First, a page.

If there is no reason for psycho-neural parallelism of events, is there any positive reason against it? Some philosophers have held that there is. They have held that, while it is possible and even probable that some mental events are correlated with specific neural events, it is impossible that this should be true of all mental events. Those who take this view generally hold that there probably is psycho-neural parallelism of events for sensations, but that there certainly cannot be such parallelism for comparison, introspection, attentive inspection, and so on. This view is taken by Mr Johnson in his Logic (Part III); and it will be worth while to consider his arguments. They are contained in Chapter VII, § 6 of that work. Mr Johnson's argument, if I rightly understand it, comes to this: We must distinguish, e.g. between the fact that I am having two sensations, one of which is light red and the other dark red, and my recognition that both are red and that one is darker than the other. We must likewise distinguish, e.g., between the fact that the dark one started before the light one, and my recognition of this fact; and between the fact that the dark one is to the left of the light one in my visual field and my recognition of this fact, Finally, we must notice that we have to distinguish different degrees of clearness and determinateness with which a perfectly determinate fact may be recognized. We may merely judge that one sensum is separate from another, or we may judge that one is to the left of the other, or we may judge that the first is as much to the left of the second as the second is to the right of a third, and so on. Now Mr Johnson contends that the sensations themselves have neural correlates, and that the determinate qualities and relations which the sensations actually have are determined by the qualities and relations of these neural correlates. But he holds that there is then nothing left on the neural side for the recognition of these qualities and relations to be correlated with. Still less is there anything left on the neural side to be correlated with the infinitely numerous different degrees of determinateness with which the qualities and relations of the sensations may be apprehended. Hence he concludes that mental events above the level of sensations cannot be correlated one to one with specific neural events. He does not explicitly draw the distinction which I have done between Departmental Parallelism and Parallelism of Events; but I think it is plain that his argument is meant only to deny the latter. He would probably admit that, if certain specific areas of our brains were injured, we should lose altogether the power of making judgments of comparison and of recognising spatio-temporal relations; but he would hold that, given the general integrity of those areas, there is not some one specific event within them corresponding to each particular judgment of comparison or of spatio-temporal relation.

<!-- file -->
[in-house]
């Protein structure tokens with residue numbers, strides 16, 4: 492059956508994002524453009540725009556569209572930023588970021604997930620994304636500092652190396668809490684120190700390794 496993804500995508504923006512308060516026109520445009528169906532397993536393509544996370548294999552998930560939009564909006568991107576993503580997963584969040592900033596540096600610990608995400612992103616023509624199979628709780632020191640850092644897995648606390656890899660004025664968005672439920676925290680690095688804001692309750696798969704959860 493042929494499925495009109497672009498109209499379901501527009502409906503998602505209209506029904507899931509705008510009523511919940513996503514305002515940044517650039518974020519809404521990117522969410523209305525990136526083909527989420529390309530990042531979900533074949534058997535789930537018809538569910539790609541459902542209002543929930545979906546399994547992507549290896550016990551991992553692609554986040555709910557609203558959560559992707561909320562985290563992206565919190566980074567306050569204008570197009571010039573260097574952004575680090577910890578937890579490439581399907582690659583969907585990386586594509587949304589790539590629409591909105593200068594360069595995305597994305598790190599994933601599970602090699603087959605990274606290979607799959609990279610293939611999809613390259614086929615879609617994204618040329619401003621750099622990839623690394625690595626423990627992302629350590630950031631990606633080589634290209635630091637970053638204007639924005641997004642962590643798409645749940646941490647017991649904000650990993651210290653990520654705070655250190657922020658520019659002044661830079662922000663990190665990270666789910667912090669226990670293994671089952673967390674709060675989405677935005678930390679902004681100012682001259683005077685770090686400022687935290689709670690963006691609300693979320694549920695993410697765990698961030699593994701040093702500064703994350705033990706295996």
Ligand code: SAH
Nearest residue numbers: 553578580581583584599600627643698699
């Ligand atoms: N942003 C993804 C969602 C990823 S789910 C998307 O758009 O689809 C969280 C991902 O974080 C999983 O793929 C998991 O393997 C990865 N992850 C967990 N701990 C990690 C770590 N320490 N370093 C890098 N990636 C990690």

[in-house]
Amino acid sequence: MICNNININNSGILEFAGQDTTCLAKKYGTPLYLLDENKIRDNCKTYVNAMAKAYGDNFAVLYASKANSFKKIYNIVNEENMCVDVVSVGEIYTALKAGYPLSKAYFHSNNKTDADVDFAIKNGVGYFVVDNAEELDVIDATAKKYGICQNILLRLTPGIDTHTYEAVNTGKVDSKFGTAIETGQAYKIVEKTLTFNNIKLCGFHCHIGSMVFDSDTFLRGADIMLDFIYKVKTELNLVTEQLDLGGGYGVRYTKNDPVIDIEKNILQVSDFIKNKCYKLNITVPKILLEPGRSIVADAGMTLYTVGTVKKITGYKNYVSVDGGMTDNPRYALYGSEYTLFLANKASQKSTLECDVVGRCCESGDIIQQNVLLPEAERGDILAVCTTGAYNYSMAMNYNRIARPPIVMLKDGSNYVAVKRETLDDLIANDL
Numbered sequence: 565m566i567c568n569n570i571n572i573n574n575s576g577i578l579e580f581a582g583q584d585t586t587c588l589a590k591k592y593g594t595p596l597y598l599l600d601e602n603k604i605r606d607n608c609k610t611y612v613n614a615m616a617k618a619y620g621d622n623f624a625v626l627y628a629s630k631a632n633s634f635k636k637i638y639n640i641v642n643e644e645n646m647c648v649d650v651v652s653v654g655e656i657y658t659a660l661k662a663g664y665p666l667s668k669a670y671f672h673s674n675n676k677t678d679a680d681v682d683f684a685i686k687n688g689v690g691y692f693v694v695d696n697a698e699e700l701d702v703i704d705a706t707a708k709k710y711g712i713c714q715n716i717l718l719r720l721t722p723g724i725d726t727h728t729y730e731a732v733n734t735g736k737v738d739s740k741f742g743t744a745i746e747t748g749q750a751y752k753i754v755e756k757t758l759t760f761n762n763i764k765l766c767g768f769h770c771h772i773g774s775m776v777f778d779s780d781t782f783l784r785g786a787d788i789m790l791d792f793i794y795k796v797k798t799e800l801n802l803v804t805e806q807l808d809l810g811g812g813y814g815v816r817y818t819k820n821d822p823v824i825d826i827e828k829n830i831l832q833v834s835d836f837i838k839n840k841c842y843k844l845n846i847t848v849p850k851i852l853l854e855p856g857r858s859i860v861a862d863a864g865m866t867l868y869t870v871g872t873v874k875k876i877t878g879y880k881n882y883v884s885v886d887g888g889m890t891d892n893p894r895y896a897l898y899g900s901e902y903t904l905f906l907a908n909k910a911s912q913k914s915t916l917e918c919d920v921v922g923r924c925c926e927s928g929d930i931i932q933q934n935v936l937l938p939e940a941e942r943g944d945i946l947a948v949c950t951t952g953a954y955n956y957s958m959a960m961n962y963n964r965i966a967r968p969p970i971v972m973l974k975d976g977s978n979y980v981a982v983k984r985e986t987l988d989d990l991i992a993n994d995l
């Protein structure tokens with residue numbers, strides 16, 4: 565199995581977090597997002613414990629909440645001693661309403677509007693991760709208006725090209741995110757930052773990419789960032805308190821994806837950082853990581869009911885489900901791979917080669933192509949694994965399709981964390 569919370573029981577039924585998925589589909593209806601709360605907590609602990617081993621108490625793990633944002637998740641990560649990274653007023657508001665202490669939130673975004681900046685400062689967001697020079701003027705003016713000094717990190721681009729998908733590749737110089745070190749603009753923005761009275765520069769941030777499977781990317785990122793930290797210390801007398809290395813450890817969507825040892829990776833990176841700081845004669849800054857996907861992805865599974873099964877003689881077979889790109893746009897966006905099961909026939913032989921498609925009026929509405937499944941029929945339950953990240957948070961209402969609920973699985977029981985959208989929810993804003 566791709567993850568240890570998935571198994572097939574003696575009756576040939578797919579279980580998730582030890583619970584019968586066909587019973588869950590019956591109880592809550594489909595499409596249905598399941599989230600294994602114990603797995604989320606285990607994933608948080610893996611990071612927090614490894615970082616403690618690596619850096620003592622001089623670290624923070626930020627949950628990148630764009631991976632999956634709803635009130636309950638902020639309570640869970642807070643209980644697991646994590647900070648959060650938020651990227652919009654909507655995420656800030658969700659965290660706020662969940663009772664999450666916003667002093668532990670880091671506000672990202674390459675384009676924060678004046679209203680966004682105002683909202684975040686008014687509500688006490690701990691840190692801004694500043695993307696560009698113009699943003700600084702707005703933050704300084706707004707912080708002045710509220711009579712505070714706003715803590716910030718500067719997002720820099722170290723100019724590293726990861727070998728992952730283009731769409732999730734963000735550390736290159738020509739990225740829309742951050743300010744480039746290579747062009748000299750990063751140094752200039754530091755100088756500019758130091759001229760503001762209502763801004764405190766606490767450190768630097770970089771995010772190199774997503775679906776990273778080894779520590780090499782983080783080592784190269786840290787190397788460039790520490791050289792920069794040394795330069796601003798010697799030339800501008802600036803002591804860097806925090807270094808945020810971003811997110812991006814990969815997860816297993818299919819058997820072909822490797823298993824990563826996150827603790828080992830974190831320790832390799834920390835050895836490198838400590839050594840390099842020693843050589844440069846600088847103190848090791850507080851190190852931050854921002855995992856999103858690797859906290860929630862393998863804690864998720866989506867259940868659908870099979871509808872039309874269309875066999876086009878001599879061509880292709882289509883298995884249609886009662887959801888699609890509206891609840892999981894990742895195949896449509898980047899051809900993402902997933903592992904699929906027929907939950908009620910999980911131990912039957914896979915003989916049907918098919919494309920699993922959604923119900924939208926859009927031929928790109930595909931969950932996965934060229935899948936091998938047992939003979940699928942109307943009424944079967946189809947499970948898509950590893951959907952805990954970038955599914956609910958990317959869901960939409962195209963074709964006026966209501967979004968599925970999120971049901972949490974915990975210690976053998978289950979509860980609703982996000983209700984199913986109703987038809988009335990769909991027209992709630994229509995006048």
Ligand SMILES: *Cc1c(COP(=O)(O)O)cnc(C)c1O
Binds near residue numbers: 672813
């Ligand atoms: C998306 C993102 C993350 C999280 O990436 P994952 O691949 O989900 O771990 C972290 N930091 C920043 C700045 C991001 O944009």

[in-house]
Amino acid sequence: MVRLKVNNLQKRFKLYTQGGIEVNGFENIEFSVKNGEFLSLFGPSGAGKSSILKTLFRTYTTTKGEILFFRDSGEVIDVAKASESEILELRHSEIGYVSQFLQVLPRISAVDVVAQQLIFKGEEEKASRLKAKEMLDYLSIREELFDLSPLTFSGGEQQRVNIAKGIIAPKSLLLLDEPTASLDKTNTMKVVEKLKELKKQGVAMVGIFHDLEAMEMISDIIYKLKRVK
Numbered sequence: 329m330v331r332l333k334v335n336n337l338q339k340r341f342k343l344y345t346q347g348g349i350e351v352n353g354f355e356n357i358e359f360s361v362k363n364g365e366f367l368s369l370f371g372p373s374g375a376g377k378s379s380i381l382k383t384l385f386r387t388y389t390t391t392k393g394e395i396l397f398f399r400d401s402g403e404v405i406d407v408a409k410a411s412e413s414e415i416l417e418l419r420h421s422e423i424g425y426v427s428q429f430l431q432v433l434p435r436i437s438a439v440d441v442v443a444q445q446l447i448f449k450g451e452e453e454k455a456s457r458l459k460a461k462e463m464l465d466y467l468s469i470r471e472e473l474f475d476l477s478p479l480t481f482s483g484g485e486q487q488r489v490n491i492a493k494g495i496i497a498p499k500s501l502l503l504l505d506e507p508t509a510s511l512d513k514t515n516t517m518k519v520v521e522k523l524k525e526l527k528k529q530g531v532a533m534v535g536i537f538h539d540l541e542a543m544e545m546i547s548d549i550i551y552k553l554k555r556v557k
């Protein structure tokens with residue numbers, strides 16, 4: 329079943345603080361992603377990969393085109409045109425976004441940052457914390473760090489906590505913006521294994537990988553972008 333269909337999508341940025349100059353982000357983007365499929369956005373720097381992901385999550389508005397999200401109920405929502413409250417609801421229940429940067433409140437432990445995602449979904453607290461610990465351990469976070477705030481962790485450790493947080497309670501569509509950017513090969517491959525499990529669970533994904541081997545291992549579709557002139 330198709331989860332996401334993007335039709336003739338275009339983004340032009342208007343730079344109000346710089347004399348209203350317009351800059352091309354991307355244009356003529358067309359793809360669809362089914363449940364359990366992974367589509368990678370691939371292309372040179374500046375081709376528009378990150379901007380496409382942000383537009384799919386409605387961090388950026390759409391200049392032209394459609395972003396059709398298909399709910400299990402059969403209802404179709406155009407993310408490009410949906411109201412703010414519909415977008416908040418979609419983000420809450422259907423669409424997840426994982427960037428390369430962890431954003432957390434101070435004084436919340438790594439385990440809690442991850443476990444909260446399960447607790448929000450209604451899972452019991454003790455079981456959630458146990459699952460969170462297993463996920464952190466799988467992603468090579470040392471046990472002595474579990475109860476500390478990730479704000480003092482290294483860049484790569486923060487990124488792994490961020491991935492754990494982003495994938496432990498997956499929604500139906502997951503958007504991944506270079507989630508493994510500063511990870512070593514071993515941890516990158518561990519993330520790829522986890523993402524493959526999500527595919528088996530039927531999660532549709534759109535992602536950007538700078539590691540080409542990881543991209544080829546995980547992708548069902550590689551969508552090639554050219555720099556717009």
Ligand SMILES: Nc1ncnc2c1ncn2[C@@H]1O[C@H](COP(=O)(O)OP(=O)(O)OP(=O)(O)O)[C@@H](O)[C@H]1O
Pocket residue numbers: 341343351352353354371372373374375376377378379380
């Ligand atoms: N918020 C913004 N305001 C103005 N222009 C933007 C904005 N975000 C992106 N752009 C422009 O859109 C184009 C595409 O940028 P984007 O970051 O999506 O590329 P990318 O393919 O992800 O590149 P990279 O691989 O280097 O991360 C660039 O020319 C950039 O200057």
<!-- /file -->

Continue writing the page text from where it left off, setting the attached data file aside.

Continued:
Before criticising this argument we must notice that Mr Johnson does not explicitly distinguish sensations and sensa. By a "sensation" I think he means what I should call a "sensed sensum". And he thinks that, from the nature of the case, there can be no unsensed sensa. Thus a sensation for him is a sensum, regarded as existentially mind-dependent; and, in virtue of its supposed existential mind-dependence, it counts as a mental event belonging to the mind on which its existence depends. If we like to distinguish between mental states and mental acts we can say that a sensation, for Mr Johnson, is apparently a mental state having certain sensible qualities, such as colour, position in the visual field, and so on. To recognise that one is having a sensation, that it is of such and such a kind, and that it stands in such and such spatio-temporal relations to other sensations, would be to perform a cognitive mental act. And his contention is that, whilst there is a parallelism of events for mental states, there cannot for this very reason be also a parallelism of events for mental acts. This at least is how I understand him.